Gnr James Smith Ryadean (1895 – 1922)
Of all the men commemorated on the Platt War Memorial, the name of James Ryadean is one of the more perplexing. As a surname, it is not recorded in any of the statutory indexes of British births, marriages and deaths, and neither is there any mention of James or his family in the census returns. It may have been that Ryadean was a variation of a similar sounding surname, however, after extensive research using various soundex options nothing has come to the fore. Alternatively, James may have been using a nom de plume for whatever reason, and perhaps wanted to remain anonymous. From information provided on his marriage certificate, we have been able to ascertain that he was born about 1895 and was the son of a carpenter named Henry.
James enlisted in Faversham, probably just before, or around the time war broke out, and joined the 1st/1st Home Counties (Kent) Heavy Battery of the Royal Garrison Artillery (RGA), who were headquartered in the town. The battery had been formed in 1908 as the 1st Kent Royal Garrison Artillery (Volunteers) and upon mobilisation in August 1914, to cope with the numbers of volunteers and in common with other territorial units; the battery was duplicated, forming the 1st/1st and 2nd/1st Home Counties (Kent) Heavy Batteries.
They were initially tasked with coastal defences at the forts along the south coast and assigned to the 44th (Home Counties) Division. In the autumn of 1914 the whole division was ordered to India; however, James’s battery did not join them and eventually left for France on 28 December 1915.
By the summer of 1916, the 1st/1st formed part of the 48th H.A.G. (Heavy Artillery Group.) They were a four-gun battery armed with four 4.7” field guns and saw action during the Battle of the Somme. On 1 July they were based at Berles au Bois in support of the VIIth Corps at Gommecourt and had participated in the pre-battle bombardment the week before.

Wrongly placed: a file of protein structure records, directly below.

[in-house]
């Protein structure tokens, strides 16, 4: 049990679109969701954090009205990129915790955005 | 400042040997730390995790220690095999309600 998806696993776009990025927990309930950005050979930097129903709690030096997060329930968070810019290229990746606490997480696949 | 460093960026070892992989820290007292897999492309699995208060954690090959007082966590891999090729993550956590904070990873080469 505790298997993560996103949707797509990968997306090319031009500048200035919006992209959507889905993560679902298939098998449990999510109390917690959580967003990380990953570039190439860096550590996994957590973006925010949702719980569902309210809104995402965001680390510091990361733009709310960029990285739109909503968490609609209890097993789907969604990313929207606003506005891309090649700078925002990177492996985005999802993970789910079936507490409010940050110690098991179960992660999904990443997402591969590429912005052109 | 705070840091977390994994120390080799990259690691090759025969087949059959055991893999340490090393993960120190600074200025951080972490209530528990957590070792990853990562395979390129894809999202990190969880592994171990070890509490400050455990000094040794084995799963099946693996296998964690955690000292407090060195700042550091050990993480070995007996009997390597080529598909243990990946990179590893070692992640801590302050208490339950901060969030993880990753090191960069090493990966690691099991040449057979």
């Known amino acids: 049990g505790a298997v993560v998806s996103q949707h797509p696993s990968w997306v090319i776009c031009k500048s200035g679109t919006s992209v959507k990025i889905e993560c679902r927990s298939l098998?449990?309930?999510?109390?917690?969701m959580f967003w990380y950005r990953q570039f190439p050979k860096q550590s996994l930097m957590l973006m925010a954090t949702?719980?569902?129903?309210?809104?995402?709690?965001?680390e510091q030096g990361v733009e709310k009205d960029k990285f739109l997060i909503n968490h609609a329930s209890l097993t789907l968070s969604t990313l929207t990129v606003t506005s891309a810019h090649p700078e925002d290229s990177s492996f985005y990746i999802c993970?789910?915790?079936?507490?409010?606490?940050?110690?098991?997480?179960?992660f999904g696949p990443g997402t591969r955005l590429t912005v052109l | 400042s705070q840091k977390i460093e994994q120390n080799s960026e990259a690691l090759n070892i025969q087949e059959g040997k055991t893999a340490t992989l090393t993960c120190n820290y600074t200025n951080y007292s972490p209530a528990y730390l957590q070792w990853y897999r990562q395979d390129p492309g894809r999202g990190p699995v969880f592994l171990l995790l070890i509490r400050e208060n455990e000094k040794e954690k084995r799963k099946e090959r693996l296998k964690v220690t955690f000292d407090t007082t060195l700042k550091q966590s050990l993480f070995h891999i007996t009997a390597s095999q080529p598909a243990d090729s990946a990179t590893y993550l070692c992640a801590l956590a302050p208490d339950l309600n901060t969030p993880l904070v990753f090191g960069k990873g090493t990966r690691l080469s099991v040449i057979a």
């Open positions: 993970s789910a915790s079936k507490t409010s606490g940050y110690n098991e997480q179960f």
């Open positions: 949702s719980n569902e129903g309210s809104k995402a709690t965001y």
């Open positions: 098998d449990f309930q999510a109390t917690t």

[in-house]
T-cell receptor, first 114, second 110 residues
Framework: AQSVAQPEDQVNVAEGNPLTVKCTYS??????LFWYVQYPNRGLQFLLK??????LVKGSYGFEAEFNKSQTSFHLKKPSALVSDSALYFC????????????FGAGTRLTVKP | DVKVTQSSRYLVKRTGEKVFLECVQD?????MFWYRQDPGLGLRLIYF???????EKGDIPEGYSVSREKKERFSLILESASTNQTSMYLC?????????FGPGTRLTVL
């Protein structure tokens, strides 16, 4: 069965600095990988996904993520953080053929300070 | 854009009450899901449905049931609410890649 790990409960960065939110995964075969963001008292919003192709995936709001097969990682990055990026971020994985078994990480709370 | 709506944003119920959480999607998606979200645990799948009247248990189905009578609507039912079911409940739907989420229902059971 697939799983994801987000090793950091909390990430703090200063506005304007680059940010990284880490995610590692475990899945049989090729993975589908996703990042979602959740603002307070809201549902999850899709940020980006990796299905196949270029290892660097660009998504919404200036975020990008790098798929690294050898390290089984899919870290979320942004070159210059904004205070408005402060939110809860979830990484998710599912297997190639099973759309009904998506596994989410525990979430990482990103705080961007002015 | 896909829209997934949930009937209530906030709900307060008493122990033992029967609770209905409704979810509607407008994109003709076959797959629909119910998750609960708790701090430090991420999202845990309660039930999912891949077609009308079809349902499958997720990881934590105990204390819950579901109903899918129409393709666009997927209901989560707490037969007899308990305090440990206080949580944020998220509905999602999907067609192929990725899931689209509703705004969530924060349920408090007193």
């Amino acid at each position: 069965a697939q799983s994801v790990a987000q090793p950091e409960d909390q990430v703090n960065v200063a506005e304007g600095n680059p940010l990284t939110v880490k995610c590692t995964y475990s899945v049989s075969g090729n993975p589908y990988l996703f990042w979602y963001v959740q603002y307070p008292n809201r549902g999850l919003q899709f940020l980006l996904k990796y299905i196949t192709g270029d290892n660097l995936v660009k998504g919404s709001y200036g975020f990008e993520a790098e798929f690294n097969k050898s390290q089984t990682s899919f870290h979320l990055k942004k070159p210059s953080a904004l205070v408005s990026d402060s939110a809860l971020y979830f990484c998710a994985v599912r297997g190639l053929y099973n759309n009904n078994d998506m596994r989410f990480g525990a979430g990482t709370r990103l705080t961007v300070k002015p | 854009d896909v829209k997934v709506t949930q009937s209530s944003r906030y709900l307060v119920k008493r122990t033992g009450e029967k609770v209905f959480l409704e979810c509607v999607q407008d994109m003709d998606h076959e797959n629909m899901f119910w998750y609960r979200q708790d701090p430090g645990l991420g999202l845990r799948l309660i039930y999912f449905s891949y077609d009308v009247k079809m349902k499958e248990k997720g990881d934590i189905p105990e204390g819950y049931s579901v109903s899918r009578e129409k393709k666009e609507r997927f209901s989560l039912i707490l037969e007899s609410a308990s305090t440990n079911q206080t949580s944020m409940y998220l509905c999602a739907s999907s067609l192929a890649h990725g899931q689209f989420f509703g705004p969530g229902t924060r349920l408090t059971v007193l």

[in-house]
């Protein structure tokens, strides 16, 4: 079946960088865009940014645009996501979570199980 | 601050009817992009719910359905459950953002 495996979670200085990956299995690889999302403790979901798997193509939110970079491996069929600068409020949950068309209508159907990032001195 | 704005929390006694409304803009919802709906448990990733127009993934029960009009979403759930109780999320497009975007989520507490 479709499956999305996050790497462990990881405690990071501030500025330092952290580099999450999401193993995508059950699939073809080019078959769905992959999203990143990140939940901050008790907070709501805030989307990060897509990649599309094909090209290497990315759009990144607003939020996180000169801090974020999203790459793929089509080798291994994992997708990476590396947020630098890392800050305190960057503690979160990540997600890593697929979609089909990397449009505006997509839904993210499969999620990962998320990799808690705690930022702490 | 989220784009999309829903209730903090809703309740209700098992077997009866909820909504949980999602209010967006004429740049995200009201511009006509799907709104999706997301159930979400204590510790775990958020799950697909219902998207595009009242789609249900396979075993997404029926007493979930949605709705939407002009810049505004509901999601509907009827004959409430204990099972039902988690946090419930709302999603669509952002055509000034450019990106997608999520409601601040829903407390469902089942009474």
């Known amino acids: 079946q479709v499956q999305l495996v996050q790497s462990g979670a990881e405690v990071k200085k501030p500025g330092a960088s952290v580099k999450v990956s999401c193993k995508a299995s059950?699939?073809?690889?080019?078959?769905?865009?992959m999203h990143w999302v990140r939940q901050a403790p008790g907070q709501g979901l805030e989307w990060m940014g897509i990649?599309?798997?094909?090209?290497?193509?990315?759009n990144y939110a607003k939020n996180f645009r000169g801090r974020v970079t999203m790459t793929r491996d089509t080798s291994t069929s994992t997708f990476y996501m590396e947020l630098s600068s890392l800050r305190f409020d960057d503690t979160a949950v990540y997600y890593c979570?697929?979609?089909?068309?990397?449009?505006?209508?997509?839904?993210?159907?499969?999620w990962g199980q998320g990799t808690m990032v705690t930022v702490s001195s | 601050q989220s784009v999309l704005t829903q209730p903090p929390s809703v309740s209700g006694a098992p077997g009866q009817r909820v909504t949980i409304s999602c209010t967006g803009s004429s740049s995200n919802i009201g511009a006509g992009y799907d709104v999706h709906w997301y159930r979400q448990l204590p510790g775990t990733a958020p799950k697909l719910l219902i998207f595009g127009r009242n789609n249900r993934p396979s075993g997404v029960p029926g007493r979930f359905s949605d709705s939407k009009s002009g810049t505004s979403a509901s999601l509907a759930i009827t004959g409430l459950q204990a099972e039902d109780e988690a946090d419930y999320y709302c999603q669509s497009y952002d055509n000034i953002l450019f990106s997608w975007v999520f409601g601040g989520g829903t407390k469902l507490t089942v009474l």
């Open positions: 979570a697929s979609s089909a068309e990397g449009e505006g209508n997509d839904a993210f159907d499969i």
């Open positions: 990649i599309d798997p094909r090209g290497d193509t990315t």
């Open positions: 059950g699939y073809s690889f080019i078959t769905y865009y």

By the end of the war, the battery formed part of the 92nd Brigade however without any surviving service papers, James’ movements are unknown. In late 1917 he is mentioned in the casualty list for 23 October as being wounded in action, however, a month later this information is recorded as being incorrect.
James must have returned to the UK during the closing months of the war as he married a local girl from Platt named Annie Matilda Brooker on 19 December in the parish church. At the time of the marriage, James was still a serving soldier and based at Boughton under Blean near Faversham. Annie was resident between Platt and Wrotham Heath at Askew Bridge.
Although the war had ended James volunteered for further service in the Army, and based on the Iraq Clasp attached to his General Service Medal, he must have been posted to or around Ramadi in what was then Mesopotamia, between 10 December 1919 and 13 June 1920. Between July and August, the British Army had become involved in quelling an Arab uprising and James’ unit, the 5th Battery RGA (then comprising of a 6” howitzer, a 60-pounder and two stokes mortars), was besieged at the site of a large refugee camp in Baqubah.
James survived the uprising and returned to the UK in early 1922. Unfortunately, his post-war life was to be brief, and he died of tuberculosis in Tidworth Military Hospital, Hampshire on 8 June. His body was returned to Platt and interred in the churchyard. Annie never remarried and lived until 1980.